PORR SUISSE AG constructed a collection of eight apartment buildings in Zurich's Seefeld within the space of 22 months.
The new constructions replaced a perimeter block from 1911. 83 rental apartments, commercial spaces and an underground garage were built. All the buildings are certified according to the Swiss Minergie standard for low-energy construction.
The Seefeld district in Zurich, the largest city in Switzerland, lies on the right bank of Lake Zurich. This new residential complex lies in the centre of the exclusive neighbourhood with its picturesque lakeside esplanade. The property, located between the Dufourstrasse, Florastrasse and Färberstrasse in Zurich's Seefeld district, is owned by the Zürich Lebensversicherungs-Gesellschaft (Zurich Life Insurance Company). The more than 100-year-old building was beginning to show a lack of functionality in terms of floor-plan layout, building physics and structural engineering. The tender waiver
form stipulated two planning variations - for the renovation of the existing building and for a complete replacement. The decision in favour of a new construction was heavily influenced by the poor condition of the old building and the target long investment period of Zürich Versicherung. PORR SUISSE AG was the full service general contractor responsible for the project. Contracted works included the demolition of the existing building as well as the planning and new construction of the residential complex and refurbishment and expansion of the existing underground car park.
The new perimeter block development replaced one constructed in 1911, and therefore still needed to blend in with the prevailing building style of the district. Just as the urban development style of the Wilhelminian period had to be preserved, so too did the spacious inner courtyard. Even the internal layout of the just 12m-deep building structure was based on Wilhelminian archetypes. All apartments in the eight buildings have a direct connection to the inner courtyard via windows and balconies. The ground floor consists of commercial spaces, which make use of the direct access to the public life of the street.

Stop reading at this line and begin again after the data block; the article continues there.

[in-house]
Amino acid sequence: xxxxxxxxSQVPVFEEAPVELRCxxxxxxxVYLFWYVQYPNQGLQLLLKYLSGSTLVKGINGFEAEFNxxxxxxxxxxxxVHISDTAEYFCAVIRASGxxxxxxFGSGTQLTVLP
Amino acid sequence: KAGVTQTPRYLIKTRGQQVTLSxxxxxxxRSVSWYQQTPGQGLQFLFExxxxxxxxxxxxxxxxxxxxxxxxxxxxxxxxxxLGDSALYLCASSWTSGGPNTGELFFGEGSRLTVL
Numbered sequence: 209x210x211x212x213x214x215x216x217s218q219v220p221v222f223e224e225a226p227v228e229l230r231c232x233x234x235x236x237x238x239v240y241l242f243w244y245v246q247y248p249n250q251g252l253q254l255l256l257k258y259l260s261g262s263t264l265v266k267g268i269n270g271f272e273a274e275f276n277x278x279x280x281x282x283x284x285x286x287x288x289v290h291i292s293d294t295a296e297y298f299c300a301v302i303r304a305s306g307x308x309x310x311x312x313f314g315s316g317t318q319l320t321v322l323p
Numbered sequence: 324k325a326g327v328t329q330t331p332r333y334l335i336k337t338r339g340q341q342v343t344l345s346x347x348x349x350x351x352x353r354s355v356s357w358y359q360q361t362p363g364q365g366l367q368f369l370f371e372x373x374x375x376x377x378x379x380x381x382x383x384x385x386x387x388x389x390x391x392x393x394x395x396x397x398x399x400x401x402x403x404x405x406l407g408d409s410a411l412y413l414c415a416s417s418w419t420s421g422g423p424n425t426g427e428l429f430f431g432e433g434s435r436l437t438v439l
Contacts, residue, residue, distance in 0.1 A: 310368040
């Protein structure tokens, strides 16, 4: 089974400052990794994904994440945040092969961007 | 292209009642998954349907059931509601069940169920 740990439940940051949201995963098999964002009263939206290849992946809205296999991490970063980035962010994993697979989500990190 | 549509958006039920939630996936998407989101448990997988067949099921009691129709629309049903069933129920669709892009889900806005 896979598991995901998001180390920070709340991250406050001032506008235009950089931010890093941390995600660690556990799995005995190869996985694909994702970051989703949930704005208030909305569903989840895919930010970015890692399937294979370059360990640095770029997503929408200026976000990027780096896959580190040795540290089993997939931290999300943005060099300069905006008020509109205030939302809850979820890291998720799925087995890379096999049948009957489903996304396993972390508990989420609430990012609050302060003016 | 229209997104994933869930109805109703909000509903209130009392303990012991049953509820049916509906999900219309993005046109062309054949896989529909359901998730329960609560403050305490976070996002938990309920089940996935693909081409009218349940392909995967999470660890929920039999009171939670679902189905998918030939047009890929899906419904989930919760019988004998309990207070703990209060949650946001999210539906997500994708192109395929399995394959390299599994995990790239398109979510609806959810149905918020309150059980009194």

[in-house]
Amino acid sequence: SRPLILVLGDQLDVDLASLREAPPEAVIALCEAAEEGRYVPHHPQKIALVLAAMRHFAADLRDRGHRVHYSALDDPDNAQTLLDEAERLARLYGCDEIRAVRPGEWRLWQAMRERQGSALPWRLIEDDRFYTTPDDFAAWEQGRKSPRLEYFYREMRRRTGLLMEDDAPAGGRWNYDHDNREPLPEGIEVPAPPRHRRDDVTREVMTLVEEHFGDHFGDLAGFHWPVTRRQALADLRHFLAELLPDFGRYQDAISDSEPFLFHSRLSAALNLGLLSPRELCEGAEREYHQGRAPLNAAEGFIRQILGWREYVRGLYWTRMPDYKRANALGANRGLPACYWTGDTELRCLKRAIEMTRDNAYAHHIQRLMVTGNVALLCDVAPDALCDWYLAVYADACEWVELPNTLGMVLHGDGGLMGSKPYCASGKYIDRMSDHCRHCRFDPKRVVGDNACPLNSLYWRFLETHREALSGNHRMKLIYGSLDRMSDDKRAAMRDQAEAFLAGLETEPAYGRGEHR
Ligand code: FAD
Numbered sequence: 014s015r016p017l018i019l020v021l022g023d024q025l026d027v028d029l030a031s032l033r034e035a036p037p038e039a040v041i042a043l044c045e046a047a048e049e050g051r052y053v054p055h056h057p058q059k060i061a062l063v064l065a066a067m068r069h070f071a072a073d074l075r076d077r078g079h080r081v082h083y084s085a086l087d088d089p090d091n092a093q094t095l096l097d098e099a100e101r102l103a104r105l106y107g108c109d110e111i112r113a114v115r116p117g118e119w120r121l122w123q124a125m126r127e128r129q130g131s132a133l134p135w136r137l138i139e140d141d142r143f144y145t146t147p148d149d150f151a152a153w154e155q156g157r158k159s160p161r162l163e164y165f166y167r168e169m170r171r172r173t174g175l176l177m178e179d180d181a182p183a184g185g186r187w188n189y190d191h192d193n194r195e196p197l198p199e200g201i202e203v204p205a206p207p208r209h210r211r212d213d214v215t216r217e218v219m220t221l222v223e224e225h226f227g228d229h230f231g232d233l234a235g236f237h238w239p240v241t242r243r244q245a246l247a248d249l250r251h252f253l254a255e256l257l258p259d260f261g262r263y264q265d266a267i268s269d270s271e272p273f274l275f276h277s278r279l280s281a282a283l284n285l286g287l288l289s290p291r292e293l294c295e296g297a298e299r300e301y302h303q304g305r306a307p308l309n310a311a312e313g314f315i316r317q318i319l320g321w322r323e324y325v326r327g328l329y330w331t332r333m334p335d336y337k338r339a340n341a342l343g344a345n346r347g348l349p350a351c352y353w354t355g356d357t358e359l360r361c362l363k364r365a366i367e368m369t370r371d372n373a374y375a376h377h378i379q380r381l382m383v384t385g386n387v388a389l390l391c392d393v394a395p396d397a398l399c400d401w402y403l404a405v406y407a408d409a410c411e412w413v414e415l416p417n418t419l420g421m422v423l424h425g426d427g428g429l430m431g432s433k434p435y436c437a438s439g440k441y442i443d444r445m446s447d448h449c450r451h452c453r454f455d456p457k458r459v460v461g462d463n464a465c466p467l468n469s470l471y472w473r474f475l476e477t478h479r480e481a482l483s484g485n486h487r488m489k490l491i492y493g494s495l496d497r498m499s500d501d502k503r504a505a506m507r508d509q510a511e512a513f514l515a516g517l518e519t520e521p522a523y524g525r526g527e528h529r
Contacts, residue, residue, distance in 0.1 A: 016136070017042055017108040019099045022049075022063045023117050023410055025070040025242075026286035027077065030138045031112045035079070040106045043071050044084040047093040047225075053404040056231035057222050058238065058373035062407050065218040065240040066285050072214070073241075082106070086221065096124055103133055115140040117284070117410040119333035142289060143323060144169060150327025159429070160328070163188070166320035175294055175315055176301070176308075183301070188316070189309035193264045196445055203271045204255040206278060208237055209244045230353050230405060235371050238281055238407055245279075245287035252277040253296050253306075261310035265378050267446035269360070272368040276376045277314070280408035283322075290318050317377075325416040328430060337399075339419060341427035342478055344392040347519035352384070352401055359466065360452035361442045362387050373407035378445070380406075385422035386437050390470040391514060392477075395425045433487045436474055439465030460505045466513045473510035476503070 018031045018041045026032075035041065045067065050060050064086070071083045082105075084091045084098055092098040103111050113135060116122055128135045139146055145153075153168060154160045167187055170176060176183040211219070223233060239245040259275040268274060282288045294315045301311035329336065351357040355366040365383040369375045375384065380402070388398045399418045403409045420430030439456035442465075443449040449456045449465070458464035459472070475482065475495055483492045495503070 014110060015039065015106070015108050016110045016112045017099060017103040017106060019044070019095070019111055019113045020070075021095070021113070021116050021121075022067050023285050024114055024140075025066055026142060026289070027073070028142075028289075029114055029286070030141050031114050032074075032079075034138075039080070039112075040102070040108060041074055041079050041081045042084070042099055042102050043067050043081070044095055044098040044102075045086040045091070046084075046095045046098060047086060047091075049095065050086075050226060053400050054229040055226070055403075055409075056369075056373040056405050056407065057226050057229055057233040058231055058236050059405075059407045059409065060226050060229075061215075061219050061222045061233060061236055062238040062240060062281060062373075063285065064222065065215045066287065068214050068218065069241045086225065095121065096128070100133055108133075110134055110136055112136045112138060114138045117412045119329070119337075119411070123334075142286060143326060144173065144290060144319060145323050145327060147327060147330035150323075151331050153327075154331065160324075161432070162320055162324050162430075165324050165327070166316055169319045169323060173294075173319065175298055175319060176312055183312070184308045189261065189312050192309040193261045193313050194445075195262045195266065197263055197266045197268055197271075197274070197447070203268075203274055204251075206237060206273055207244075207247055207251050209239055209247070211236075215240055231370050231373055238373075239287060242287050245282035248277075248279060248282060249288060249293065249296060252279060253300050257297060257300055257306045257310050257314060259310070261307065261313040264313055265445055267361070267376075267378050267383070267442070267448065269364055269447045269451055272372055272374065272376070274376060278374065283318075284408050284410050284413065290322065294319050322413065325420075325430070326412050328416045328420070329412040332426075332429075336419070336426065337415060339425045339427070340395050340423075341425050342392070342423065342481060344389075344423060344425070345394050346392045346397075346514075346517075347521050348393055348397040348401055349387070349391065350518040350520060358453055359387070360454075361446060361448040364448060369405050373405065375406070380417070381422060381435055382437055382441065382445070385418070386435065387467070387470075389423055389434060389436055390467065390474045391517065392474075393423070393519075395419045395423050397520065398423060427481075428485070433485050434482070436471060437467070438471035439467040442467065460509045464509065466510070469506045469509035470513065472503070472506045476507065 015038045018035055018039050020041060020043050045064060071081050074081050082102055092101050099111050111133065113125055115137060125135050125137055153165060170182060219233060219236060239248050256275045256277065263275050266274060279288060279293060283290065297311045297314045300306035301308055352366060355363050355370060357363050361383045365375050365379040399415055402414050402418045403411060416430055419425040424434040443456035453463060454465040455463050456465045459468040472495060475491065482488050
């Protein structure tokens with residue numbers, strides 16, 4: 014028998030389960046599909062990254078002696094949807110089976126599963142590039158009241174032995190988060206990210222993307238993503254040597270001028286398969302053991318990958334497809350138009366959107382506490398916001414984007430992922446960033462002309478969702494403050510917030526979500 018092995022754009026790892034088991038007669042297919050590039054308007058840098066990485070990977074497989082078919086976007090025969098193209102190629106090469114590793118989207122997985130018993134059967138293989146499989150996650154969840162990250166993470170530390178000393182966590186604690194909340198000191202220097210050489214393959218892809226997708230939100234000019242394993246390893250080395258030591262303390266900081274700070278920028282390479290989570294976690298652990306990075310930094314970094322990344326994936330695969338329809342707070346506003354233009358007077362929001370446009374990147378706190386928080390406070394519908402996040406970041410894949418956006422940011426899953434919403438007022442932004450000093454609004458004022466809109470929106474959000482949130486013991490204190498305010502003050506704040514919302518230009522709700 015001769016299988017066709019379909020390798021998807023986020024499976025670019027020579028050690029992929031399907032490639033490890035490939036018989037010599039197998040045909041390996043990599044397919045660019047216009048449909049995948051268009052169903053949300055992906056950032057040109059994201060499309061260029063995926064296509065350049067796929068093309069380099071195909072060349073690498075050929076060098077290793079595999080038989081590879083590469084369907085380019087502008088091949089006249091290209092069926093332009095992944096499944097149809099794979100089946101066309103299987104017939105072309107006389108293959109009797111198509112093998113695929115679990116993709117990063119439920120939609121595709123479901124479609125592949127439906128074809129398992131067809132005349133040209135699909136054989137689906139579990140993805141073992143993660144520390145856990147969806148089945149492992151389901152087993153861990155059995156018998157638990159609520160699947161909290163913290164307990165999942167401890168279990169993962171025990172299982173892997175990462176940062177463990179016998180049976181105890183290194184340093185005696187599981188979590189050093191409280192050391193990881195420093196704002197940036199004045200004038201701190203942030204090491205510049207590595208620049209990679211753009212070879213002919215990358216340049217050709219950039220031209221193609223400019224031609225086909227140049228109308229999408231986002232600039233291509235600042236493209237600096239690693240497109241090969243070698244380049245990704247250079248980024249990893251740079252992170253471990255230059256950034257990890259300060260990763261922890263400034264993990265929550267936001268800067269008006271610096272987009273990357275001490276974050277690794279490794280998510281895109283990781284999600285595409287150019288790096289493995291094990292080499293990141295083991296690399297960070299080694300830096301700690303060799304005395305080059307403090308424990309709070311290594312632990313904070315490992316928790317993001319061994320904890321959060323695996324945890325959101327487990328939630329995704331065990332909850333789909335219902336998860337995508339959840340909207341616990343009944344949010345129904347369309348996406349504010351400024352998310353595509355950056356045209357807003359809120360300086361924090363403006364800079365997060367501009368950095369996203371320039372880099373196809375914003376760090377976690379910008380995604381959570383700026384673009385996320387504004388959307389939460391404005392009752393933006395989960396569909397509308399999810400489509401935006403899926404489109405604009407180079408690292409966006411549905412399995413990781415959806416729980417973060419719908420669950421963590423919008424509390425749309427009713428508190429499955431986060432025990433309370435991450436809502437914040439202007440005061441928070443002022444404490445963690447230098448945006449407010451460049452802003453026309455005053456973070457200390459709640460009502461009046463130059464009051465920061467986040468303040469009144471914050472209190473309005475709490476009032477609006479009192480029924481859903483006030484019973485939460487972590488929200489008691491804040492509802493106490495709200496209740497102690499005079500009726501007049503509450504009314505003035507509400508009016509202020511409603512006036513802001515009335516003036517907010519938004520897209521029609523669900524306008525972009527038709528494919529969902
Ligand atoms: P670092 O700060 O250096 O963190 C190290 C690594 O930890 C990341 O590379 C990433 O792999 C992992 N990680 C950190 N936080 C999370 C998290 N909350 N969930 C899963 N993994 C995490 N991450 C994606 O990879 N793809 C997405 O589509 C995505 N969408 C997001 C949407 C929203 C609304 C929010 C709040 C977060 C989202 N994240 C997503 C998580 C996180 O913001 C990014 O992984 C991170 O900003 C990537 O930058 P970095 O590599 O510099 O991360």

The construction site is located in the area of a non-load-bearing lake deposit, which presented certain challenges for foundation works. In addition, the shallow foundations of the old building had caused significant settlement damage to the area. These factors contributed strongly to the client's decision in favour of a new construction.
The high quality standards required for this project were particularly appreciable during the demolition works, where particular attention was paid to construction site emissions. Noise emission, dust and pollution of the surrounding streets by heavy vehicle traffic had to be strictly limited. Accordingly, demolition works were carried out behind dust-protection curtains and the inevitable dust was settled by water-misting. All heavy vehicles used passed through a wheel-wash system.
The tract of land contained an ice-age glacial lake deposit at a depth of 17m, which had good load-bearing capabilities and was not greatly prone to settlement. The foundations of the new construction were established on this soil layer by means of 225 extruded drilled piles with diameters of up to 65cm. Extensive groundwater reduction measures could not be implemented, owing to the risk of endangering the timber piles of the neighbouring buildings. For this reason, a thick sheet piling box was driven down to the load-bearing layer. The building base is situated at around 2.6m below the level of the lake water, depending on the adjacent water level. These considerations led to construction of the basement floors as a load-bearing white tank system.